The Night Season
Chelsea Cain is the author of a frightening and gory set of books known as the Beauty Killer trilogy, which introduced her to the literary fiction world outside of Seattle (where she was already known from her newspaper bylines) as well as the brilliantly deranged Gretchen Lowell. There was some question as to what Cain would do for a follow-up to these three unforgettable novels --- HEARTSICK, SWEETHEART and EVIL AT HEART --- and the answer, from at least one source I know of, was to tone it down just a bit. She does just that in THE NIGHT SEASON. It's not as graphically violent as its predecessors, but just as terrifying.
Archie Sheridan, who found over the course of three books that attracting the attention of --- and being attracted to --- Lowell was a two-edged sword, is still recovering from the events that took place in EVIL AT HEART, even if he has not fully gotten his feelings for Lowell or for the oddly endearing Susan Ward fully resolved. His recuperation time, though, is abruptly shattered when the city of Portland is put at risk by the rapidly rising waters of the Willamette River. Several bodies have already been discovered, as has a skeleton belonging to an apparent victim of a similar disaster that occurred in the late 1940s. What gets Sheridan out on the street is that several of the modern-day victims were actually poisoned before they died. And when a member of Portland's finest, someone close to Sheridan, falls victim to the poisoner, it becomes personal.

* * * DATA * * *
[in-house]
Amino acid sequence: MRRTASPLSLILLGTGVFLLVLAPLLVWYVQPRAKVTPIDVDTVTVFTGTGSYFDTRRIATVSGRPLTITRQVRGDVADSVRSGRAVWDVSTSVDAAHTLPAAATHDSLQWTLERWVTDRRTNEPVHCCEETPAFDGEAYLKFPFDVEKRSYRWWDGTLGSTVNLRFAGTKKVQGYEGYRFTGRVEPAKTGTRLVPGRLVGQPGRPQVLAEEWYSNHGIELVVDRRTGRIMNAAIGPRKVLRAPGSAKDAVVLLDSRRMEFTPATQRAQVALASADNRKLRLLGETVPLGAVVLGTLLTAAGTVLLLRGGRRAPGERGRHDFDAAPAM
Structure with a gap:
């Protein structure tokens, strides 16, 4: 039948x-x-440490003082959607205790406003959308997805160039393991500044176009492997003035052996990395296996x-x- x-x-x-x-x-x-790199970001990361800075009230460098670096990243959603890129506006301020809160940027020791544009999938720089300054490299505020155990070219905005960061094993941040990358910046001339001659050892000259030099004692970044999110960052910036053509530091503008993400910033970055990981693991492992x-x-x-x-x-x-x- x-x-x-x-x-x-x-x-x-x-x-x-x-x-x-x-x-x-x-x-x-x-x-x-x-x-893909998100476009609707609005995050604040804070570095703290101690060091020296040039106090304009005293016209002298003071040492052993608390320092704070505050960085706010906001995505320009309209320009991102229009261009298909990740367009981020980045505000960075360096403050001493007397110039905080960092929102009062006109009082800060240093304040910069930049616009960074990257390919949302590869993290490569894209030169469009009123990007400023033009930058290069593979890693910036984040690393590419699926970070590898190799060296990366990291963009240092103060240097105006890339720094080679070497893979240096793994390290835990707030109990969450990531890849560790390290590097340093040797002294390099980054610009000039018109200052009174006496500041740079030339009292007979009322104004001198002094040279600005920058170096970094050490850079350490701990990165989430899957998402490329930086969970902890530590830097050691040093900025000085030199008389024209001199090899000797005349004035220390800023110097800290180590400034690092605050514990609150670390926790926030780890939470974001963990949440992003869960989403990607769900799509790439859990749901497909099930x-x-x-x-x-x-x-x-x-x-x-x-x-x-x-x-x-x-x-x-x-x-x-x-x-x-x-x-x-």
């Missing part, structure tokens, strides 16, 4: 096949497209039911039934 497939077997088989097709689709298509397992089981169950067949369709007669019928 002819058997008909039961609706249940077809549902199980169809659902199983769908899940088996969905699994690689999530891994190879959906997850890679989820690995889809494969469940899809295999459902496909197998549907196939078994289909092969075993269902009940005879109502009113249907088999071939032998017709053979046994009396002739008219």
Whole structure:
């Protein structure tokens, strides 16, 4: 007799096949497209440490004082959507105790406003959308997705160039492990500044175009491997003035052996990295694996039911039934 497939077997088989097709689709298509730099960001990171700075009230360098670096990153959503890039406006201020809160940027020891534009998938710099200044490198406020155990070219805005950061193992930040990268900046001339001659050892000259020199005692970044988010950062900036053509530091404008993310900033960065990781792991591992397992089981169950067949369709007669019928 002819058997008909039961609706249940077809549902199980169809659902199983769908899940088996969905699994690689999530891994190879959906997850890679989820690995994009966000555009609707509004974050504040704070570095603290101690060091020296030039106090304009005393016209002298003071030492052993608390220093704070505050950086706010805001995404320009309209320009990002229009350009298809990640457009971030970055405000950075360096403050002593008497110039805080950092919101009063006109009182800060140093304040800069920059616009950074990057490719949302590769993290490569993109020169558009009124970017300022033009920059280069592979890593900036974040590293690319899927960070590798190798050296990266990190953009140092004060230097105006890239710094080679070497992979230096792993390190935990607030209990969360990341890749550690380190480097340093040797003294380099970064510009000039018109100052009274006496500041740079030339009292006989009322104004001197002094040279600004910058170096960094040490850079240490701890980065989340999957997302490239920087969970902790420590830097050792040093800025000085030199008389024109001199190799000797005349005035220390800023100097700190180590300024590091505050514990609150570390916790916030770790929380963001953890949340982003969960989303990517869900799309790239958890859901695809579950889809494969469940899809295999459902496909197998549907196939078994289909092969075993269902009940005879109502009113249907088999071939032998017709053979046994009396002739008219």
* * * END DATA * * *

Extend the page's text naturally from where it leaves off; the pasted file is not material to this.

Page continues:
There is a real mystery here, made up of confounding parts. For one thing, the cops are unable to immediately identify the poison. When they do, the puzzle becomes even more perplexing. How does the killer administer it? And what is the significance of the tiny key that is left behind with each victim? Meanwhile, the river keeps rising, people continue dying, and, to make matters worse, the life of a young boy who has been missing for far too long appears to hang in the balance. And then, just when Sheridan almost has the killer in his grasp, things get worse.
If you sampled Cain's trilogy and thought the level of graphic violence was a bit too high, you'll find that THE NIGHT SEASON eschews the gore level without sacrificing suspense. On the other hand, if you enjoyed her imaginative dismemberments, performed in the persona of the lovely Gretchen Lowell, the absence of such antics will not affect your enjoyment of the book one bit. I read it in one sitting, not because I had to, but because I was compelled to do so by the level of writing and plotting. Cain is so good that there is a mystery you won't even realize is a mystery until the very end. The book answers the question of whether or not she can write a thriller without dipping her manuscript in crimson font. And she can do so without breaking a sweat, at least to all appearances.
THE NIGHT SEASON is a thriller, a mystery (or two), and a potentially intelligent action flick. Cain is brilliant, whether she's covering her characters in sadistic gore or taking them step by step through a puzzling mystery. Dark, smart and terrifying in places, it will give you so many bangs for your buck that it should have been published in the shape of an automatic rifle. And for Cain's next novel, I am counting the days. And the hours.
Reviewed by Joe Hartlaub on November 4, 2011